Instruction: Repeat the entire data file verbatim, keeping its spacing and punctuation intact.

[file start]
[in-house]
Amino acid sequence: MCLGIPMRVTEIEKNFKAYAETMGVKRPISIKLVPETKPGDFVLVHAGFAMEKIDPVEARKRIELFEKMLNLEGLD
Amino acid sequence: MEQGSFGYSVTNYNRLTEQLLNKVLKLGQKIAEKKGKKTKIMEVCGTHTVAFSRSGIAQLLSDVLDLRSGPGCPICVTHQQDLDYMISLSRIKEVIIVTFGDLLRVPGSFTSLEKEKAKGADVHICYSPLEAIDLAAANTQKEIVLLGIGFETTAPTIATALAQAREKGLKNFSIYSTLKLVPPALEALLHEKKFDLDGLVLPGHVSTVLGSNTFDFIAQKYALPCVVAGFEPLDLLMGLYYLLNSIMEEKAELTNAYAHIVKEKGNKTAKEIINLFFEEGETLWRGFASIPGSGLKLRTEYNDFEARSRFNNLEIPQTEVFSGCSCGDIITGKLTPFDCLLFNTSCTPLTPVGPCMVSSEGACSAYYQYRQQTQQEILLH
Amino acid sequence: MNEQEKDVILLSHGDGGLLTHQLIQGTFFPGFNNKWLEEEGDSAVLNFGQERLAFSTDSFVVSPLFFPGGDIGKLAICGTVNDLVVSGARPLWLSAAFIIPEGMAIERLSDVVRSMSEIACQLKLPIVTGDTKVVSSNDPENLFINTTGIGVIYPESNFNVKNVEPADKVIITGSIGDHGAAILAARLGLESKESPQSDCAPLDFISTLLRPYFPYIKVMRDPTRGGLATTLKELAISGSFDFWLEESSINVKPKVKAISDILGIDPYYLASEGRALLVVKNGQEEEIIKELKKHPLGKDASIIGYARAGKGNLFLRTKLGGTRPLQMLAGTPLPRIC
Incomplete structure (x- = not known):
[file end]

[in-house]
Amino acid sequence: MCLGIPMRVTEIEKNFKAYAETMGVKRPISIKLVPETKPGDFVLVHAGFAMEKIDPVEARKRIELFEKMLNLEGLD
Amino acid sequence: MEQGSFGYSVTNYNRLTEQLLNKVLKLGQKIAEKKGKKTKIMEVCGTHTVAFSRSGIAQLLSDVLDLRSGPGCPICVTHQQDLDYMISLSRIKEVIIVTFGDLLRVPGSFTSLEKEKAKGADVHICYSPLEAIDLAAANTQKEIVLLGIGFETTAPTIATALAQAREKGLKNFSIYSTLKLVPPALEALLHEKKFDLDGLVLPGHVSTVLGSNTFDFIAQKYALPCVVAGFEPLDLLMGLYYLLNSIMEEKAELTNAYAHIVKEKGNKTAKEIINLFFEEGETLWRGFASIPGSGLKLRTEYNDFEARSRFNNLEIPQTEVFSGCSCGDIITGKLTPFDCLLFNTSCTPLTPVGPCMVSSEGACSAYYQYRQQTQQEILLH
Amino acid sequence: MNEQEKDVILLSHGDGGLLTHQLIQGTFFPGFNNKWLEEEGDSAVLNFGQERLAFSTDSFVVSPLFFPGGDIGKLAICGTVNDLVVSGARPLWLSAAFIIPEGMAIERLSDVVRSMSEIACQLKLPIVTGDTKVVSSNDPENLFINTTGIGVIYPESNFNVKNVEPADKVIITGSIGDHGAAILAARLGLESKESPQSDCAPLDFISTLLRPYFPYIKVMRDPTRGGLATTLKELAISGSFDFWLEESSINVKPKVKAISDILGIDPYYLASEGRALLVVKNGQEEEIIKELKKHPLGKDASIIGYARAGKGNLFLRTKLGGTRPLQMLAGTPLPRIC
Incomplete structure (x- = not known):